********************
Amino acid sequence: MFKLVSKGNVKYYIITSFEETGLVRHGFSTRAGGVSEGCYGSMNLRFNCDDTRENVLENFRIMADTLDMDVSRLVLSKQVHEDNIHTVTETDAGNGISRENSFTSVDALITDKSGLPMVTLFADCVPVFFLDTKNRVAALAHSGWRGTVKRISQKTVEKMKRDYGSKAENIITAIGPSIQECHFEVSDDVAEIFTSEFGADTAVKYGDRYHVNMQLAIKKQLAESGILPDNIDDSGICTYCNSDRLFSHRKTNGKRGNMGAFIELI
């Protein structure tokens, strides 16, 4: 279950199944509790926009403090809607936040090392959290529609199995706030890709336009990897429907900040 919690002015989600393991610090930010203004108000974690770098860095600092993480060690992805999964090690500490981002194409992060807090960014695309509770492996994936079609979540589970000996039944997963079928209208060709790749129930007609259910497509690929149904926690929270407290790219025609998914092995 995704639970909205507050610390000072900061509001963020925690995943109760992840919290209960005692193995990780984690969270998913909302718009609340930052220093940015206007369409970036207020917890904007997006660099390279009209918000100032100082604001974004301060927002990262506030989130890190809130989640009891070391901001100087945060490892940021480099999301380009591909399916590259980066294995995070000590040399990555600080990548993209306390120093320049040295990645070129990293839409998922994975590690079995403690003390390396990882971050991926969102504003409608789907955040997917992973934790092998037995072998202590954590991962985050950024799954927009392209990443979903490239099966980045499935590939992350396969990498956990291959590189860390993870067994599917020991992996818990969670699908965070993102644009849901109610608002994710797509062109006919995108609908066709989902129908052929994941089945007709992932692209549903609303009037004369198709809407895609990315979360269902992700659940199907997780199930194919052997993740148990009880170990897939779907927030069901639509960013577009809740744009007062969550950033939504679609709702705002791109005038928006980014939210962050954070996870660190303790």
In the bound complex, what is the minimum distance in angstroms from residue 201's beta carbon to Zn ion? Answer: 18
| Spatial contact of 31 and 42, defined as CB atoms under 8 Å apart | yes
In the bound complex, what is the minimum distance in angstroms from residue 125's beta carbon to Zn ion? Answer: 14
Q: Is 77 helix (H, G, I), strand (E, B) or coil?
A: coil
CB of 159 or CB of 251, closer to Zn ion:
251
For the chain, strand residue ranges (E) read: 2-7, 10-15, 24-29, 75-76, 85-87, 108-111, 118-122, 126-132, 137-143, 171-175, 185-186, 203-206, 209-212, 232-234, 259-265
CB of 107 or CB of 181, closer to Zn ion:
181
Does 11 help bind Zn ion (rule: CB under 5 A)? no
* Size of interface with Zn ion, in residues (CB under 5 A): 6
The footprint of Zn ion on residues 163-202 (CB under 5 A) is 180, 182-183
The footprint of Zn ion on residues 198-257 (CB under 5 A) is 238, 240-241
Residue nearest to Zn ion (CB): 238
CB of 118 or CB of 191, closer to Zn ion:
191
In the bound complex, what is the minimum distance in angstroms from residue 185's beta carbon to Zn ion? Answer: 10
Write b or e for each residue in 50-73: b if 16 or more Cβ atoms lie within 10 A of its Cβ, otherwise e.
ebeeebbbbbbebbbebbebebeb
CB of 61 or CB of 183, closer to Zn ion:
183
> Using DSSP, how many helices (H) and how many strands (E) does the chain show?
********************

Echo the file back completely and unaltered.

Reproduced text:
Amino acid sequence: MFKLVSKGNVKYYIITSFEETGLVRHGFSTRAGGVSEGCYGSMNLRFNCDDTRENVLENFRIMADTLDMDVSRLVLSKQVHEDNIHTVTETDAGNGISRENSFTSVDALITDKSGLPMVTLFADCVPVFFLDTKNRVAALAHSGWRGTVKRISQKTVEKMKRDYGSKAENIITAIGPSIQECHFEVSDDVAEIFTSEFGADTAVKYGDRYHVNMQLAIKKQLAESGILPDNIDDSGICTYCNSDRLFSHRKTNGKRGNMGAFIELI
């Protein structure tokens, strides 16, 4: 279950199944509790926009403090809607936040090392959290529609199995706030890709336009990897429907900040 919690002015989600393991610090930010203004108000974690770098860095600092993480060690992805999964090690500490981002194409992060807090960014695309509770492996994936079609979540589970000996039944997963079928209208060709790749129930007609259910497509690929149904926690929270407290790219025609998914092995 995704639970909205507050610390000072900061509001963020925690995943109760992840919290209960005692193995990780984690969270998913909302718009609340930052220093940015206007369409970036207020917890904007997006660099390279009209918000100032100082604001974004301060927002990262506030989130890190809130989640009891070391901001100087945060490892940021480099999301380009591909399916590259980066294995995070000590040399990555600080990548993209306390120093320049040295990645070129990293839409998922994975590690079995403690003390390396990882971050991926969102504003409608789907955040997917992973934790092998037995072998202590954590991962985050950024799954927009392209990443979903490239099966980045499935590939992350396969990498956990291959590189860390993870067994599917020991992996818990969670699908965070993102644009849901109610608002994710797509062109006919995108609908066709989902129908052929994941089945007709992932692209549903609303009037004369198709809407895609990315979360269902992700659940199907997780199930194919052997993740148990009880170990897939779907927030069901639509960013577009809740744009007062969550950033939504679609709702705002791109005038928006980014939210962050954070996870660190303790």
In the bound complex, what is the minimum distance in angstroms from residue 201's beta carbon to Zn ion? Answer: 18
| Spatial contact of 31 and 42, defined as CB atoms under 8 Å apart | yes
In the bound complex, what is the minimum distance in angstroms from residue 125's beta carbon to Zn ion? Answer: 14
Q: Is 77 helix (H, G, I), strand (E, B) or coil?
A: coil
CB of 159 or CB of 251, closer to Zn ion:
251
For the chain, strand residue ranges (E) read: 2-7, 10-15, 24-29, 75-76, 85-87, 108-111, 118-122, 126-132, 137-143, 171-175, 185-186, 203-206, 209-212, 232-234, 259-265
CB of 107 or CB of 181, closer to Zn ion:
181
Does 11 help bind Zn ion (rule: CB under 5 A)? no
* Size of interface with Zn ion, in residues (CB under 5 A): 6
The footprint of Zn ion on residues 163-202 (CB under 5 A) is 180, 182-183
The footprint of Zn ion on residues 198-257 (CB under 5 A) is 238, 240-241
Residue nearest to Zn ion (CB): 238
CB of 118 or CB of 191, closer to Zn ion:
191
In the bound complex, what is the minimum distance in angstroms from residue 185's beta carbon to Zn ion? Answer: 10
Write b or e for each residue in 50-73: b if 16 or more Cβ atoms lie within 10 A of its Cβ, otherwise e.
ebeeebbbbbbebbbebbebebeb
CB of 61 or CB of 183, closer to Zn ion:
183
> Using DSSP, how many helices (H) and how many strands (E) does the chain show?